This study found that treatment adherence predicted treatment outcome in manualized behavioral interventions for substance abuse and related behavior problems in urban adolescents. Treatment adherence was linked to improvement in multiple outcomes up to 6 months after discharge. Adherence promoted therapeutic change across two different outpatient approaches: individual cognitive–behavioral therapy and multidimensional family therapy. In CBT, greater levels of adherence predicted greater declines in marijuana use. In both CBT and MDFT, stronger adherence predicted greater reductions in parent reports of externalizing behaviors. Also in both conditions, intermediate levels of adherence predicted the largest declines in parent reports of internalizing behaviors, with high and low adherence predicting smaller improvements—a curvilinear (or quadratic) effect on internalizing. Adherence–outcome effects were small-to-medium in size. Contrary to hypotheses, therapist competence was not related to any outcome in either condition, nor did it moderate the impact of adherence on outcome.
These findings support the contention that treatment adherence plays an important role in the success of empirically based behavioral interventions for adolescent mental health problems. Adherence–outcome studies have generated inconsistent results over the past 2 decades, with some studies reporting favorable adherence effects, others no effects, and still others iatrogenic effects. Several explanations for negative results have been offered, including measurement insensitivity, low mean adherence levels and restricted ranges, lack of differentiation from other process variables such as therapeutic alliance, and the inability of adherence measures to account for flexible deviations from treatment protocols that prove beneficial for some sessions or clients (Miller & Binder, 2002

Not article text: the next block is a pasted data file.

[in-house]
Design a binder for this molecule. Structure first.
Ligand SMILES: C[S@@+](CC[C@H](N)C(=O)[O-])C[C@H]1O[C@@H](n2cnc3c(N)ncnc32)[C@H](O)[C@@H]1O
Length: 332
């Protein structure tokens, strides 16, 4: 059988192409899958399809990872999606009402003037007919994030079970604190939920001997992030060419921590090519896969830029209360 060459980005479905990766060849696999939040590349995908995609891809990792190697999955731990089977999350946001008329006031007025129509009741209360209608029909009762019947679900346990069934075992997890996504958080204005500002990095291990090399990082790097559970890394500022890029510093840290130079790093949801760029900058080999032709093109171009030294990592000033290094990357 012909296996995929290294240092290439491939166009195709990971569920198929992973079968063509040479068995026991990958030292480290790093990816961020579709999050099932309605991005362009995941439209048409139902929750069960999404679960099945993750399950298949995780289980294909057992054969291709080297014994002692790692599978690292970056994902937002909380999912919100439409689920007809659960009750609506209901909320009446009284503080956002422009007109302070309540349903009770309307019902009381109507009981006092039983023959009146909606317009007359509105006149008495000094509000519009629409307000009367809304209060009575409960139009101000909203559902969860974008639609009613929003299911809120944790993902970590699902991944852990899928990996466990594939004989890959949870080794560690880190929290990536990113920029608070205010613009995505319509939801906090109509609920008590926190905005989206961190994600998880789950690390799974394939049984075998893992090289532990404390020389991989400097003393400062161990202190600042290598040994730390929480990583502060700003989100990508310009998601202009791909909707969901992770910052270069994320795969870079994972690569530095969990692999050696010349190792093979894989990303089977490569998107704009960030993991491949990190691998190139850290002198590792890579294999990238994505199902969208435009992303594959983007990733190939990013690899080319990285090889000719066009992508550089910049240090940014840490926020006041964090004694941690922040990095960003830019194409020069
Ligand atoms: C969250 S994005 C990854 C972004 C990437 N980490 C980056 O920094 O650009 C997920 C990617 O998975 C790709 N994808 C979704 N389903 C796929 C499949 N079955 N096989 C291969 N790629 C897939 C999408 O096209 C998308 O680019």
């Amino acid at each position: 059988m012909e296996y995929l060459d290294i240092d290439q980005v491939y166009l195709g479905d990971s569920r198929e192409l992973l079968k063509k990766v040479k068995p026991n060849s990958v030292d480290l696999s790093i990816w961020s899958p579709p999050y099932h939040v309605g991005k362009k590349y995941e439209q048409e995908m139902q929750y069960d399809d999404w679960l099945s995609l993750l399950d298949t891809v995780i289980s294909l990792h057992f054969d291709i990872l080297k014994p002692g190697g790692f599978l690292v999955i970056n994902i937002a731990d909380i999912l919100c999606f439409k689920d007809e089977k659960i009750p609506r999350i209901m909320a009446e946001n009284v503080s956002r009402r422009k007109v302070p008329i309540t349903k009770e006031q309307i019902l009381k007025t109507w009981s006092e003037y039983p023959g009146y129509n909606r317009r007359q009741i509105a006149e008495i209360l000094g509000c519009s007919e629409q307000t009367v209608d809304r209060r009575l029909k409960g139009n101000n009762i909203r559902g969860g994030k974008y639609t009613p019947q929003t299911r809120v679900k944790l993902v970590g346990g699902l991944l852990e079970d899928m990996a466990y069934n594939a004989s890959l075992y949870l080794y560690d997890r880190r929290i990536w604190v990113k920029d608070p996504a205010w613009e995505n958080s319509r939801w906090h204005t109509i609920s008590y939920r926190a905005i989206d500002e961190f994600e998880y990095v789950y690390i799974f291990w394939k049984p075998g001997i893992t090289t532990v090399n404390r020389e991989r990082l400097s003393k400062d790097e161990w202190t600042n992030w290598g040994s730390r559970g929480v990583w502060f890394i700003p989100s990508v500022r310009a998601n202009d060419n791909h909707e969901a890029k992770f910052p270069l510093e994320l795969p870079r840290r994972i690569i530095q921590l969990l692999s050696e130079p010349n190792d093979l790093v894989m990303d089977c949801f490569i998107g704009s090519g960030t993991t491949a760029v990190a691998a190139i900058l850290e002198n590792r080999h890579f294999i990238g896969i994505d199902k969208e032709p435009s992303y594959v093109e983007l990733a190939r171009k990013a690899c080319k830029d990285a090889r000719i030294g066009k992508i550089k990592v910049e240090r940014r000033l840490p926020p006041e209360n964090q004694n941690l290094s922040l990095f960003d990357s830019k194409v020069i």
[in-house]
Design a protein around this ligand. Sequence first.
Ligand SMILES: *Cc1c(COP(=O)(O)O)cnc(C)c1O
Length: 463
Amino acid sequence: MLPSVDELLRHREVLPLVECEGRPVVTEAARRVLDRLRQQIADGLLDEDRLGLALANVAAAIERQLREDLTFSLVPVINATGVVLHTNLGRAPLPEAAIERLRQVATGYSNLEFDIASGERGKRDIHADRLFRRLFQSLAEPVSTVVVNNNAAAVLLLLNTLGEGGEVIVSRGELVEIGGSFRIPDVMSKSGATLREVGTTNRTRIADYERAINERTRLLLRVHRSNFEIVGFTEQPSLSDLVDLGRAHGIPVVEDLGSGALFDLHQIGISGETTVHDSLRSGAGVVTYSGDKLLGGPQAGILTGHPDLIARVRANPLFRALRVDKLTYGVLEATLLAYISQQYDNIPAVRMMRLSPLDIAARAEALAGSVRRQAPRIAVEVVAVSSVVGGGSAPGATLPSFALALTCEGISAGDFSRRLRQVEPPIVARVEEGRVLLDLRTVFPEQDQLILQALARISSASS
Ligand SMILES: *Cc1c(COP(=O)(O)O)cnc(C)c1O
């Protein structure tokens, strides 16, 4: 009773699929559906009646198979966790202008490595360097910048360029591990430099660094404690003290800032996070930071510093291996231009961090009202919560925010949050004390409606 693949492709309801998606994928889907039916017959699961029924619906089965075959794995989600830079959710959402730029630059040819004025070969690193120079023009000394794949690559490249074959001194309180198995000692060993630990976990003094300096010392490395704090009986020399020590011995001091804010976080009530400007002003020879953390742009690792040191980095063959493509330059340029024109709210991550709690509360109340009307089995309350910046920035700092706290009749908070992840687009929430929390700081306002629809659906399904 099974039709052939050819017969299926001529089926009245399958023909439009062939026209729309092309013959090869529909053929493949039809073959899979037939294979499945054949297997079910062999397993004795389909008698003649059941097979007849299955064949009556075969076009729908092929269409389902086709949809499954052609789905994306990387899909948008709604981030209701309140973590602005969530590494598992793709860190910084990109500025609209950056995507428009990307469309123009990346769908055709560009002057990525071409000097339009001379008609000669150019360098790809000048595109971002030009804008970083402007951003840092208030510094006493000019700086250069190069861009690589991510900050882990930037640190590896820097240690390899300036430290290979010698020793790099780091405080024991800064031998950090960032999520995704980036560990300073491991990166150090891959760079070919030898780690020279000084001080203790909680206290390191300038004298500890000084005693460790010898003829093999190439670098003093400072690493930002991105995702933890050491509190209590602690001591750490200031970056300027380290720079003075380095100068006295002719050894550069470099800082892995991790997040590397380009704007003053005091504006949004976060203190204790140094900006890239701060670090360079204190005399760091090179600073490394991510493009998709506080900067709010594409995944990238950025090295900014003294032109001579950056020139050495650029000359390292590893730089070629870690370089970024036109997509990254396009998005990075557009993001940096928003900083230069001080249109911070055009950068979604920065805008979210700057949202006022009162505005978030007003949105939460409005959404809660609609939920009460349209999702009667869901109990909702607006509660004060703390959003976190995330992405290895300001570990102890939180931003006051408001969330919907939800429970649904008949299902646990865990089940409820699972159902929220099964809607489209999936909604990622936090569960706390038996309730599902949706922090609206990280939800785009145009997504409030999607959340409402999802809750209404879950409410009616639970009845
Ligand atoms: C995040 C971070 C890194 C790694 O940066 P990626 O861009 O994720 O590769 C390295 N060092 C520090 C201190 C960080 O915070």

; Perepletchikova & Kazdin, 2005
). The current study was well positioned to detect adherence effects by (a) examining two treatment models with track records of adherence, differentiation, and treatment technique–outcome links (Hogue et al., 1998
); (b) measuring fidelity at the level of molar treatment modules that are broadly applicable across sessions and clients; and (c) utilizing an instrument with adequate reliability and construct validity. Also, previous research with substance using and delinquent adolescents has documented similar positive adherence effects (Huey et al., 2000
; Schoenwald, Sheidow, Letourneau, & Liao, 2003
), raising the possibility that adherence may be particularly salient to manualized treatments for youths with problem behaviors.
This study is one of the first to replicate the innovative work of Barber et al. (2006)
with regard to curvilinear adherence effects. Barber et al. (2006)